We’re fact-checking the week’s most popular dubious claims and bringing together the work of BBC journalists investigating coronavirus disinformation.
The White House is not selling commemorative coronavirus coins
A website called the White House Gift Shop has caused anger by selling coins “commemorating” the Covid-19 outbreak for $100 (£80) each.
US Senator Bernie Sanders was one of those infuriated by the coins.
But the White House Gift Shop is a privately run online store with no direct connection to the White House or the Trump administration.
Its own website says it “operates independently of the US government”.
The coins, however, do exist and are being sold by the store. They show a coronavirus germ superimposed over a world map, with slogans such as “Together we fought the unseen enemy” and “Everyday heroes suited up”. The site says profits will be donated to hospitals.
Set up by President Harry S Truman in 1946, the gift shop was transferred to a private company years ago, which now holds the trademark for “White House Gift Shop”.
The site previously came to media attention in 2018 when it sold coins commemorating Donald Trump’s Singapore summit meeting with North Korean leader Kim Jong-un.
Californian doctors’ misleading lockdown stats
A video in which two American doctors argue for an end to lockdown measures has sparked controversy.
The video of a press conference, broadcast on a local TV station in California, was viewed millions of times on YouTube and Facebook. It was Tweeted by Elon Musk, who has 33 million followers and is becoming increasingly vocal in his opposition to shutdown measures.
In the video Dr Daniel Erickson and Dr Artin Messihi argue for an end to the lockdown based on the data they have collected from their private clinics. They draw sweeping conclusions from their unrepresentative sample, and claim the flu is similar in prevalence and death rates.
It’s very hard to establish what proportion of people die after catching coronavirus because no country has yet carried out random testing on a scale that could help us understand how many people actually have it.
You certainly can’t do it from the limited data you get from the people who were tested in a few clinics.
The best current estimates are that the Covid-19 death rate is just under 1% and for flu it’s 0.1%. These are estimates, which would need large-scale random testing to verify.
On Monday, as the video garnered more views, two professional medical associations, the American College of Emergency Physicians and the American Academy of Emergency Medicine, issued a joint statement condemning the doctors’ “reckless and untested musings”.
The medical associations said the conclusions reached in the doctors’ video were inconsistent with current science and epidemiology regarding Covid-19, adding: “It appears these two individuals are releasing biased, non-peer-reviewed data to advance their personal financial interests without regard for the public’s health.”
YouTube removed the full video because it violated its policies which were tightened last week.
Bot network exposed
A disinformation campaign against a Chinese businessman who has spoken critically of the Chinese government’s response to the coronavirus outbreak has been uncovered.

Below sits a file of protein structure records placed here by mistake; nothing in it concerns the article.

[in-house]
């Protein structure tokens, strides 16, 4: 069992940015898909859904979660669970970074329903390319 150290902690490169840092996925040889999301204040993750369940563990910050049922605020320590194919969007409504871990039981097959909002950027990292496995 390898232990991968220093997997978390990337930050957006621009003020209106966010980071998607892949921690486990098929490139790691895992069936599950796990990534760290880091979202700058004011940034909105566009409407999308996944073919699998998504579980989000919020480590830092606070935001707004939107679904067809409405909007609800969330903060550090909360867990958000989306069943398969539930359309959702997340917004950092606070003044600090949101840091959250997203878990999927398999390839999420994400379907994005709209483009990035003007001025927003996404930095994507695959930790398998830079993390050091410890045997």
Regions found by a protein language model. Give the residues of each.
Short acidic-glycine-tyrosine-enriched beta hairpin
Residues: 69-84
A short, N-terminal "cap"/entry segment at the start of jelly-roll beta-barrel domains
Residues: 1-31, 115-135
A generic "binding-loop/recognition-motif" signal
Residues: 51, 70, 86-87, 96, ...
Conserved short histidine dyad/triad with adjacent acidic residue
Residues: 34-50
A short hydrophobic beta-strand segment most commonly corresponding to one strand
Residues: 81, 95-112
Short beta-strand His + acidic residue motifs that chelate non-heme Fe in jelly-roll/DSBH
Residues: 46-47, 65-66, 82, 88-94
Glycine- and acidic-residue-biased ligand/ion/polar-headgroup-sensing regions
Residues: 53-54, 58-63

The campaign, waged through Twitter and Facebook, uses a network of fake accounts, or bots, to target Guo Wengui, an exiled Chinese businessman in the United States.
BBC open source investigator Benjamin Strick identified fake accounts that posted images and text criticising Mr Guo.
A large network of bots would then retweet and comment on the posts to give them trending status using the tags #GuoWengui, and his name written in Chinese.
The bots used fake profile pictures and many of them were created on the same day, seemingly with the sole purpose of amplifying the campaign.
Between 27 and 29 April, more than 200 accounts were created on Twitter which only shared media critical of Mr Guo and his views about both China’s response to coronavirus in Wuhan, and the number of fatalities in Wuhan.
This is not the first time a campaign has been launched against Mr Guo. He has been the target of disinformation campaigns linked to China since 2017, identified in research from the Australian Strategic Policy Institute.
The discovery of this recent campaign also exposed a large network of multilingual accounts pretending to be Russian, with fake profile photos. The accounts appeared to be automated to promote a pro-Chinese government agenda and other issues.
Twitter has now suspended many of the accounts.
Fake Nobel Prize winner quote
A viral message attributed to Japanese Nobel Prize laureate Tasuku Honjo claims he believes the new coronavirus was “manufactured” in a lab in the Chinese city of Wuhan.
The posts have been shared thousands of times on social media in many languages and recently by the high-profile British businessman, Lord Sugar.
We think the first post was in India and then spread to a Nigerian page where it went viral.
But Prof Honjo, 2018 winner of the Nobel Prize for physiology or medicine, has made no such remarks.
In a statement published on the website of Kyoto University, he said he was “greatly saddened” that his name had been used to spread “false accusations and misinformation”.
Scientists say genome sequencing shows that the virus came from animals and was not man-made.
Additional reporting by Alistair Coleman, Olga Robinson, Shayan Sardarizadeh, Wanyuan Song, Marianna Spring and Benjamin Strick.
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